Tuesday, April 21, 2020

COVID-19 update for April 21: Self-discipline needed

Posted By on Tue, Apr 21, 2020 at 5:08 PM

click to enlarge SHUTTERSTOCK.COM
  • Shutterstock.com
As some businesses begin contemplating how they'll reopen April 27 while complying with certain restrictions to slow the spread of COVID-19, some but not all El Paso County and Colorado Springs local government workers will return to their workplace.

Mayor John Suthers says in a phone interview he won't push for all employees to get back in their offices. "Our message to them and their bosses is, if you're working from home and it's working out well, continue to work from home," Suthers says. "What we're envisioning is bringing in 20 percent ... and phasing people in. For several weeks anyone who can will work at home. Over half of our employees are sworn, so they haven't worked from home to begin with."

Speaking of which, not a single city worker has tested positive for COVID-19.

But as everyone pushes toward opening for businesses, the numbers keep rising. Data released April 21, representing numbers through April 20, the state had 10,447 cases, an increase from 10,106 the day before. Hospitalizations rose to 2,003 from 1,880 the previous day, while deaths increased from 449 to 486.

El Paso County saw cases rise slightly, from 734 to 744, and three more died, totaling 53 deaths so far.

But Suthers noted El Paso County currently has a low number coronavirus hospitalizations, 35, which is 2 percent of the statewide total while the county represents 12.5 of the state's population.

Suthers predicted local governments won't impose stricter rules than Gov. Jared Polis, who's said non-essential retail businesses can reopen for curbside and phase-in opening next week, as long as they use social distancing and masks. Restaurants and bars will remain closed with takeout and delivery service continuing; they could reopen in mid-May if a new crop of COVID-19 patients doesn't pop up. Schools will remain closed, but personal services, such as salons, tattoo parlors and animal groomers, will be able to open with strict precautions beginning April 27.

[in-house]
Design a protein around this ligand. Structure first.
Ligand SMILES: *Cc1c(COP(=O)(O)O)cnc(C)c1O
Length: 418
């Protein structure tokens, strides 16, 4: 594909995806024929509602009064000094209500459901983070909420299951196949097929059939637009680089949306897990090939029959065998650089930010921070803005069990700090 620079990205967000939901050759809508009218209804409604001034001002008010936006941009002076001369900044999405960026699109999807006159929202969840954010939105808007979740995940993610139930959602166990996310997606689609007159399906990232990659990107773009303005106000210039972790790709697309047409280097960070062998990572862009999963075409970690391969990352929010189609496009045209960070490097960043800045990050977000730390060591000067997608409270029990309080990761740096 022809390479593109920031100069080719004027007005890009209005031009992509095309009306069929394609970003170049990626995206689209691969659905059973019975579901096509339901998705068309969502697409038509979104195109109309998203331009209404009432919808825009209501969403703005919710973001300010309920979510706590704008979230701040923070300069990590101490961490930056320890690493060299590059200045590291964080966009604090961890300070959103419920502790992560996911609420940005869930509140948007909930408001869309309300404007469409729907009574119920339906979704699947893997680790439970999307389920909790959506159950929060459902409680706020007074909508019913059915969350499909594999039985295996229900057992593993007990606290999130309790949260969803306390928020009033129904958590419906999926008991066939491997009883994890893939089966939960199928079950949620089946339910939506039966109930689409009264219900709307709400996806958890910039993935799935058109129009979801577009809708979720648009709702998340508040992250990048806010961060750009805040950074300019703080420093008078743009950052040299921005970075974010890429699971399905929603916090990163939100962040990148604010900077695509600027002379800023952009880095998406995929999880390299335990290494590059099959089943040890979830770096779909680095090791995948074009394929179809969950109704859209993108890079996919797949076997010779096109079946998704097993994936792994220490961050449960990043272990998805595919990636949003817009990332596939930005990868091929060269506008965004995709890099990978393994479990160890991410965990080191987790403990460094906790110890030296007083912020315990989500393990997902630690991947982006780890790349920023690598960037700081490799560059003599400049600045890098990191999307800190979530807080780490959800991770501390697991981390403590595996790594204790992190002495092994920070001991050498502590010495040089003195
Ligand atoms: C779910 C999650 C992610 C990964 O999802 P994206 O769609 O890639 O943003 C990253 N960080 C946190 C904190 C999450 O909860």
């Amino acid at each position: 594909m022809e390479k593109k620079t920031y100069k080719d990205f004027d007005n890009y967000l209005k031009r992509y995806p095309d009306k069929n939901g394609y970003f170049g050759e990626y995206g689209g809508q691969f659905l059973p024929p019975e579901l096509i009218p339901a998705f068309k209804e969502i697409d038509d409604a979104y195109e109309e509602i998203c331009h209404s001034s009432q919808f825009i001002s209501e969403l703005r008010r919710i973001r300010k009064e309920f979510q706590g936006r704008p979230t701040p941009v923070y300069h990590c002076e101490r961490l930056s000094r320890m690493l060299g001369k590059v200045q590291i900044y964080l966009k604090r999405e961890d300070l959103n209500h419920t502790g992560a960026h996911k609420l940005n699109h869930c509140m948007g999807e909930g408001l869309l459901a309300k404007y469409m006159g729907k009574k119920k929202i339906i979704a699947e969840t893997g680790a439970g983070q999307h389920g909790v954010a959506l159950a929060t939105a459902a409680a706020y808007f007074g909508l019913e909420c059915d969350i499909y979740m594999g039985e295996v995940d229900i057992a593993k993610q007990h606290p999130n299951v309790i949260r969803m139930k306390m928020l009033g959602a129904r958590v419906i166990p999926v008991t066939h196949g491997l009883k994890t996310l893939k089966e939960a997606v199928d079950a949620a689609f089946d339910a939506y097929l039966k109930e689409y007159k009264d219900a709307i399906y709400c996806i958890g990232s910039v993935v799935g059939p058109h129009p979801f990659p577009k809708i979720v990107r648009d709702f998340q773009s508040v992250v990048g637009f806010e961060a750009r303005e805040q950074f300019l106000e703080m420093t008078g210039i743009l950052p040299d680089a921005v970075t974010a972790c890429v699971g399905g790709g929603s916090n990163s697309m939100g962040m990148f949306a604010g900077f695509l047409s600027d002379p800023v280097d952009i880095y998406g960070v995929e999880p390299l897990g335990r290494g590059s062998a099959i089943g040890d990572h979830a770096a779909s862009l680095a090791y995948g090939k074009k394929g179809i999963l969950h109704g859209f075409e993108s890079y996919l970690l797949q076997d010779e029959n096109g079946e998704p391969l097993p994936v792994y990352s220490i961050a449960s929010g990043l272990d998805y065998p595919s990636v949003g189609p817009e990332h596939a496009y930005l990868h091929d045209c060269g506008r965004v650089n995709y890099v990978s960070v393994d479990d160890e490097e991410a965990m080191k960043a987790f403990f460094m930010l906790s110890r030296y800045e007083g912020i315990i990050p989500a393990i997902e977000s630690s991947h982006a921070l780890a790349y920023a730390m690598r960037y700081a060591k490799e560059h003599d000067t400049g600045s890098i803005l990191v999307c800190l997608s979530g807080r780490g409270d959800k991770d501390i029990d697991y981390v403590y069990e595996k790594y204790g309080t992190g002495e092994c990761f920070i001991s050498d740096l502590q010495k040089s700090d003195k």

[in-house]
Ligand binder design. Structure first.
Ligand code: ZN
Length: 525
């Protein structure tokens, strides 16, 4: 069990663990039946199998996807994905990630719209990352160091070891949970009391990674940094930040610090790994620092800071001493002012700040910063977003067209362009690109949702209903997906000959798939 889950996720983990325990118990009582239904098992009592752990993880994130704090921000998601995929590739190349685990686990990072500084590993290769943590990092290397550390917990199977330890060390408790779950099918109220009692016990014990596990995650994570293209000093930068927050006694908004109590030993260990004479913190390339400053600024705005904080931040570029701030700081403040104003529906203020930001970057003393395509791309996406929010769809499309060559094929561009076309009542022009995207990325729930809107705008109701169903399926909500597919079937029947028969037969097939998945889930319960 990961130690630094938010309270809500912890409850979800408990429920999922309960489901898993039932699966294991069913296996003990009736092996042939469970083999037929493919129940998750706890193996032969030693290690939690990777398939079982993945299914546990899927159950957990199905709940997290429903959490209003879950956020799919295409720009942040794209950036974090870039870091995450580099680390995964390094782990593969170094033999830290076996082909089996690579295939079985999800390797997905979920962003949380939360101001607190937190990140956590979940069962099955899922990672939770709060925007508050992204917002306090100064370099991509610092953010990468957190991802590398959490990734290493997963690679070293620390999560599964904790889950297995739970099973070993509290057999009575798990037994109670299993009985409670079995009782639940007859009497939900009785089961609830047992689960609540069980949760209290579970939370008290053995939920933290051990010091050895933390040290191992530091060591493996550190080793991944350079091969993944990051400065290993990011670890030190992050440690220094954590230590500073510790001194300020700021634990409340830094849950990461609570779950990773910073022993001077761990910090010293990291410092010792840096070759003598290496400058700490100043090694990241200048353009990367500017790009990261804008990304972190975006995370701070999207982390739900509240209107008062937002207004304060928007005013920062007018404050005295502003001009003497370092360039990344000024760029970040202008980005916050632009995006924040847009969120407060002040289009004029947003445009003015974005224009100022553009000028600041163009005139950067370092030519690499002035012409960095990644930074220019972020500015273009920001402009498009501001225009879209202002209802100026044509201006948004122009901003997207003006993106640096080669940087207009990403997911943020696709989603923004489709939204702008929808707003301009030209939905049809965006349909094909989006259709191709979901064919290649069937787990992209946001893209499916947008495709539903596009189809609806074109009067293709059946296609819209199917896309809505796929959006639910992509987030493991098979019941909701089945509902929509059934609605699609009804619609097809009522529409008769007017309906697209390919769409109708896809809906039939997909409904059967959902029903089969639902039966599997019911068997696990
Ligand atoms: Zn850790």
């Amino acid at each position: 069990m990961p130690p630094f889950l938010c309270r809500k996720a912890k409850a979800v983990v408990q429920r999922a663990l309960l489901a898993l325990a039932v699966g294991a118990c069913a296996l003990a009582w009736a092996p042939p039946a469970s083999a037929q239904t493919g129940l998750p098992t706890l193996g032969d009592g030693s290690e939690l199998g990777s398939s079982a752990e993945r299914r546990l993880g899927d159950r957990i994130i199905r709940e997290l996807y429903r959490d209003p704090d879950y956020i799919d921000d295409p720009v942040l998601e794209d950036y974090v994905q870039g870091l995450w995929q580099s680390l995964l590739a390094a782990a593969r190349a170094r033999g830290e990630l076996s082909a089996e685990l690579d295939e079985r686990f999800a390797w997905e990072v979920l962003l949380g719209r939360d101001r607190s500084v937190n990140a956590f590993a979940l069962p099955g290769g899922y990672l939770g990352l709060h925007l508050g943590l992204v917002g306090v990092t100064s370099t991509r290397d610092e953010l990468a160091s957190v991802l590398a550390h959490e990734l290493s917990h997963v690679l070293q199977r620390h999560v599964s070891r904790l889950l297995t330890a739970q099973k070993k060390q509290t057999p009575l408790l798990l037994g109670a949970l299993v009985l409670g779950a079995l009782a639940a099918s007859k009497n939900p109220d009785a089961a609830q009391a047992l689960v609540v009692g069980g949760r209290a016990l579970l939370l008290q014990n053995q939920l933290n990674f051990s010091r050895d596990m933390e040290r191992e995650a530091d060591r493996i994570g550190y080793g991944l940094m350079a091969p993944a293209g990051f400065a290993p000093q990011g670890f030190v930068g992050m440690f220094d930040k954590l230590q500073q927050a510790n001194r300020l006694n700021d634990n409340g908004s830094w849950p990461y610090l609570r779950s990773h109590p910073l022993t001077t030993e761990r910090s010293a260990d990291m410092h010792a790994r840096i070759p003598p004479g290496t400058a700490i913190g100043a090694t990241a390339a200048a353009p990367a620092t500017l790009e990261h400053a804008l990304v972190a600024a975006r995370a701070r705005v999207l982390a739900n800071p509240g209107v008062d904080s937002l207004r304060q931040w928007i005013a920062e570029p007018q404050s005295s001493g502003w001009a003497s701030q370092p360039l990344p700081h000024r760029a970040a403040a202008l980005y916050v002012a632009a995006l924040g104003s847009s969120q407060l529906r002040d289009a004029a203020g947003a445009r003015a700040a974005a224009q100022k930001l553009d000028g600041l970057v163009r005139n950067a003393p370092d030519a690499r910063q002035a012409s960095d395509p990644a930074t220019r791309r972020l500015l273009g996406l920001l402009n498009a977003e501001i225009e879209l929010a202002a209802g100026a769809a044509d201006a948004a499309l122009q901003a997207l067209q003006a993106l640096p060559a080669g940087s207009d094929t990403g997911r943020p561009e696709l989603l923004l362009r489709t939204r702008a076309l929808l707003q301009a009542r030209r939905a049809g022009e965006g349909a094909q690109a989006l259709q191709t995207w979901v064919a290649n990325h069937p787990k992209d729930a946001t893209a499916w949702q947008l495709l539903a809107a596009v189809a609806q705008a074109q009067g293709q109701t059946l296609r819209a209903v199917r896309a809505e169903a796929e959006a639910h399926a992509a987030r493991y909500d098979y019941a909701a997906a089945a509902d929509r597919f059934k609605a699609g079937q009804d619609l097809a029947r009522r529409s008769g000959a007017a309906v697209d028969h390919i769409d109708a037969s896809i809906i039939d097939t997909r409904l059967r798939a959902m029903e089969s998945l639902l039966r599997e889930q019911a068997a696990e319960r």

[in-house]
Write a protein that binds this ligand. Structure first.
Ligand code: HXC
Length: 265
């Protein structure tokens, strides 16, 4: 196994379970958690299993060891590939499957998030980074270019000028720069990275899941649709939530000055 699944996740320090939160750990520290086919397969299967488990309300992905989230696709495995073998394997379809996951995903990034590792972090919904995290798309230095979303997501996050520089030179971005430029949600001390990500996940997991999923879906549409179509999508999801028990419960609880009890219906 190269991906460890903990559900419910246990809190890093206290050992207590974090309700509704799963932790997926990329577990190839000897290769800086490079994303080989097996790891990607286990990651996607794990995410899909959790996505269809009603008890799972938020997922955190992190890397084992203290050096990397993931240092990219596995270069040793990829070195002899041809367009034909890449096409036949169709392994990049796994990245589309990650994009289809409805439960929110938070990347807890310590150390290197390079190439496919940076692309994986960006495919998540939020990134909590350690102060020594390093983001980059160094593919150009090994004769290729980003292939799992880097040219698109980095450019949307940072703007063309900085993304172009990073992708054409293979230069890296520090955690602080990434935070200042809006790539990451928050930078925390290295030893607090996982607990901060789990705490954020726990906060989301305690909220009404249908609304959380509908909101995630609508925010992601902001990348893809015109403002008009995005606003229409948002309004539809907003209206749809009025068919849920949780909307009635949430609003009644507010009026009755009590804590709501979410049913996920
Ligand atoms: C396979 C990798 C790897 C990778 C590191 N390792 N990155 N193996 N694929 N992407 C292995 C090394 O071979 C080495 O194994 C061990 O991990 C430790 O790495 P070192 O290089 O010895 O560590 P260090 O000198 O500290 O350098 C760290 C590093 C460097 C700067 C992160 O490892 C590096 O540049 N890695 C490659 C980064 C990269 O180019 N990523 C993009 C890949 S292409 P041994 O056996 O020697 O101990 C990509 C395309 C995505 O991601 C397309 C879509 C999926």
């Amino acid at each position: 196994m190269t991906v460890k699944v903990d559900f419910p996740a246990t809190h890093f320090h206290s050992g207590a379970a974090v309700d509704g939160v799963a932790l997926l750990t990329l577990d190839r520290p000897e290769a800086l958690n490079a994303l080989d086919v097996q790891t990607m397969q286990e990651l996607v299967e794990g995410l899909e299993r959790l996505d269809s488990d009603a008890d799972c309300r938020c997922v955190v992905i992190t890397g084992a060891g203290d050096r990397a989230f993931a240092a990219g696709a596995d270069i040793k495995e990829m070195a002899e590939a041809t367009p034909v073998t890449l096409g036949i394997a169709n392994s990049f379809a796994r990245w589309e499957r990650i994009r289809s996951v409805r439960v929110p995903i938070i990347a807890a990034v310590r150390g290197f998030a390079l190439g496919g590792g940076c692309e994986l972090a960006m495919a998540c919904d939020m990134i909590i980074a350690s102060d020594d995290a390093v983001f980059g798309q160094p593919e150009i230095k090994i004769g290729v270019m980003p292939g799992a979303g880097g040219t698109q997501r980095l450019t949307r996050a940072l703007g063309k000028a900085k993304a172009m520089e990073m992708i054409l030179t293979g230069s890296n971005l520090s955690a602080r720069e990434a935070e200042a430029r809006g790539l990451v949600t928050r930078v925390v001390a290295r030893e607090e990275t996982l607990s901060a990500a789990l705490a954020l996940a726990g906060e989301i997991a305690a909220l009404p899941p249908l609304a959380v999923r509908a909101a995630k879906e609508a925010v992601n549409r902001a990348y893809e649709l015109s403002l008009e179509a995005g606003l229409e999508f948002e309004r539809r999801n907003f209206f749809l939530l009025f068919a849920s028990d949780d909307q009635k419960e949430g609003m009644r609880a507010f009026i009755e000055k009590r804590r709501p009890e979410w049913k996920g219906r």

Suthers anticipates the city will follow Polis' recommendation to reopen its offices May 4 with up to 50 percent of personnel.

"I think we've done a pretty good job," Suthers said of local citizens complying with stay-home orders, "and I really applaud the governor in being cautious and I think it's appropriate to move on to Phase 2." Phase 2 is the gradual reopening.

"Phase 2, in my opinion, is going to take more self-discipline and more voluntary compliance than did Phase 1," he adds. "It's easier to stay home when there's no place to go other than grocery stories and hardware stores. Now, with retail opening, it's going to put more of a burden on businesses to focus on social distancing by putting markings on the floor, have employees wearing masks, and encouraging everyone coming in to stores to wear masks."

But Suthers cautioned that those over 60 or who have underlying health conditions should remain home whenever possible, because they comprise the highest risk group for contracting the disease. Also, nursing homes and assisted care facilities will remain in virtual quarantine, he said.

"Fifty percent of [El Paso County's] deaths are people over 80," he says.

Suthers himself falls into the "over-60" crowd but he hasn't been staying home. "I can't manage all the things I need to manage from home," he says, noting that he goes from one remote meeting to another throughout the day. But he washes his hands often and wears a mask unless he's speaking.

Suthers says he's felt a bit like Bill Murray in the movie "Groundhog Day," because every day when the alarm sounds, he gets the death and hospitalization report on COVID-19 and starts another cycle of meetings.

The number of people who get sick after April 27 will determine whether the state will move to Phase 3, which is to open restaurants with reduced capacity, possibly increasing the number who can gather to more than 10, and returning to church services — all in early to mid-May.
click to enlarge Mayor John Suthers at a news briefing recently. - COURTESY CITY OF COLORADO SPRINGS
  • Courtesy City of Colorado Springs
  • Mayor John Suthers at a news briefing recently.
Should there be an outbreak, Suthers says, it would be up to El Paso County Public Health and the state to enlist testing and contact tracing to control COVID-19's spread.

As for the city's finances, Suthers says he's already cut $20 million by imposing a hiring freeze and postponing some capital projects.

"It's going to be deeper than that," he says, noting that hotel occupancy numbers in March were among the worst ever locally. April's will be worse yet, and the April sales tax revenue report will be "abysmal," he predicts.

Although Suthers said he's willing to spend up to $10 million from the city's $32-million reserve fund to plug budget holes, "I would predict across-the-board pay decreases will be the first stage. If that doesn't become enough, we could make that more or we could do furloughs at Christmas time."

That's why Suthers signed on to an effort by a variety of organizations, including the National League of Cities, to lobby Congress to "immediately provide robust, flexible relief" to state, tribal and local governments to feed them money to make up for revenue shortfalls. "I've talked to most of the Colorado delegation, and I think they support it," he said.